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Despite haters, you can be a feminine feminist

Ashlee (right) sports an Elle lemon print top ($40) and Elle floral punch skirt ($54) with a lime-colored watch ($24.99), cuff bracelet ($26), earrings ($22) and ring ($30) all from Kohl’s; a pink, green and pearl necklace ($42) at Paperdolls, 110 East Jefferson Avenue, Kirkwood, or 14418 Clayton Road, Ballwin; and a clear lucite necklace by Abra Gorby ($170) at Craft Alliance, 6640 Delmar Boulevard. Toni wears a white wide leg gaucho pants by Worthington ($40) at J.C. Penney; a gold and lucite nugget necklace by Abra Gorby ($70) at Craft Alliance; and peach button-down shirt ($36), Juicy Couture bracelet ($30) and white Sole Senseability sandals ($64.99) at Kohl’s; long necklace ($48) at Paperdolls. Shot on location at elephant exhibit on Wednesday, April 1, 2015 at the St. Louis Zoo. (Huy Mach/St. Louis Post-Dispatch/TNS)

Written by Jada Duke, Staff Writer

Does having fleeky eyebrows and a bomb contour mean you’re not a feminist? Does rocking a sultry eye look and a bold lip mean you’re in favor of the wage gap?

Well, According to some members of the feminist society these statements could not be more accurate. Certain feminist feel that women who wear makeup cannot proclaim themselves as feminist because it is their belief that the act of wearing makeup would suggest that they are in support of gender inequality and the misrepresentation of women and what it means to be beautiful within the beauty industry. This is a very complex topic because there is some truth in this belief but, there are also a lot of faults as well.

The act of wearing makeup should not affect the amount of credibility a woman has to speak on feminist issues; In fact, is it not a feminist belief that neither one’s gender nor their appearance should determine their capability or overall intelligence? This way of thinking is reminiscent of the misogynistic phrase “who wears the pants in your relationship?” which alludes to the idea that the act of wearing pants defines how dominant/masculine you are and that the act of wearing a skirt or a dress determines how submissive/ feminine you are. When put in comparison they both seem pretty ridiculous.

However, there are some valid points within this belief. It is very true that there is a false image of beauty being fed to women all over the U.S. and although there are certain companies like Dove, and American Eagle that are trying to combat these unrealistic forms of beauty portrayed in the media, the fight has really just begun.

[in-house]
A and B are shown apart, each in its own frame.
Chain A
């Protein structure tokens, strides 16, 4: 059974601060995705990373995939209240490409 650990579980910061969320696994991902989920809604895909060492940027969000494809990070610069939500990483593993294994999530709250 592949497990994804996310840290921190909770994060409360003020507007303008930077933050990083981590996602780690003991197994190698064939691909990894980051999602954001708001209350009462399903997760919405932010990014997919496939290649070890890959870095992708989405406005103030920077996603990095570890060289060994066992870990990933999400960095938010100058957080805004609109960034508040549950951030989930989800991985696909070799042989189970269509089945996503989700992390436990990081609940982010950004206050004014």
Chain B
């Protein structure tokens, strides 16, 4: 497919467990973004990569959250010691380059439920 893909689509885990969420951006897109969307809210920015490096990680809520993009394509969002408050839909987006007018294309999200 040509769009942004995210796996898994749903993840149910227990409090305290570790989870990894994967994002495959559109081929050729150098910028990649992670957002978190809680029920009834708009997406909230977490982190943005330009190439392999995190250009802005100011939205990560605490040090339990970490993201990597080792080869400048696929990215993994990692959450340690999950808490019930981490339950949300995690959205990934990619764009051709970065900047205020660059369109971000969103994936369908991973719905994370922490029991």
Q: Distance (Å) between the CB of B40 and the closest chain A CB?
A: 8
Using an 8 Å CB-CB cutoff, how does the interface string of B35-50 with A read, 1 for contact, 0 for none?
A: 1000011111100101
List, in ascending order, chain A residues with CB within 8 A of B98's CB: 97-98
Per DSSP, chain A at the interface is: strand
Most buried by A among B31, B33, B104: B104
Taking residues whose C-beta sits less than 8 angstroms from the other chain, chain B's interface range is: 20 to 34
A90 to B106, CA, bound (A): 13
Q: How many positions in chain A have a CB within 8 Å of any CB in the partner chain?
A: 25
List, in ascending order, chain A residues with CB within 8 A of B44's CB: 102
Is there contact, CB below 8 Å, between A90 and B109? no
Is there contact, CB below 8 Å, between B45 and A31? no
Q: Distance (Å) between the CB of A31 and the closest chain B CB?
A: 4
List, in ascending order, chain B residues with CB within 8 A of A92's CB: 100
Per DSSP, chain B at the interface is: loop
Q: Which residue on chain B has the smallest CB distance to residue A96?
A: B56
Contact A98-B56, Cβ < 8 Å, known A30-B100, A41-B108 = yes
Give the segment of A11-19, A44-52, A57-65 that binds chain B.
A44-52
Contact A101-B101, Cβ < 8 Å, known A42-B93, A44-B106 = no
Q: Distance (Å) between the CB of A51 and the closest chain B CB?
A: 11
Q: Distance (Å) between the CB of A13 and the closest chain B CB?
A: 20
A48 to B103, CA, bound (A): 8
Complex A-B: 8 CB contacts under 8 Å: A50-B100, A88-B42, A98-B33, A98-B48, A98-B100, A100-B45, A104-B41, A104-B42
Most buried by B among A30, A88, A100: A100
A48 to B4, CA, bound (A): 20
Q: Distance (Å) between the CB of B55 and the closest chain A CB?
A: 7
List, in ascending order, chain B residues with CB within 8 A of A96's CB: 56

As for makeup companies, there is a lot that can be said about the models chosen to advertise these products and the amount of photo shopping used to make these models appear “beautiful.” It is also true that makeup can change how women are perceived by their friends and colleagues.

Makeup can also serve as a form of self-expression; some women feel that makeup allows them to show off their personality and would compare it to changing their hair color.

In certain situations appearance is everything; it is seldom that a woman with a corporate job will ever walk into her office with a bare face and a messy bun simply because she knows it will be perceived as unprofessional by her colleagues and while this is true that doesn’t necessarily make it right either.

The real issue here lies within the patriarchal views placed upon women by the cosmetic, television, and movie industries.

When it comes down to it, feminism should have nothing to do with the amount of makeup a woman wears.  A woman’s ability to be a feminist should only rely on her belief that women and men should receive equal rights and fair treatment.

So if you’re a feminist who enjoys wearing makeup and debunking misogyny more power to you girlfriend!!



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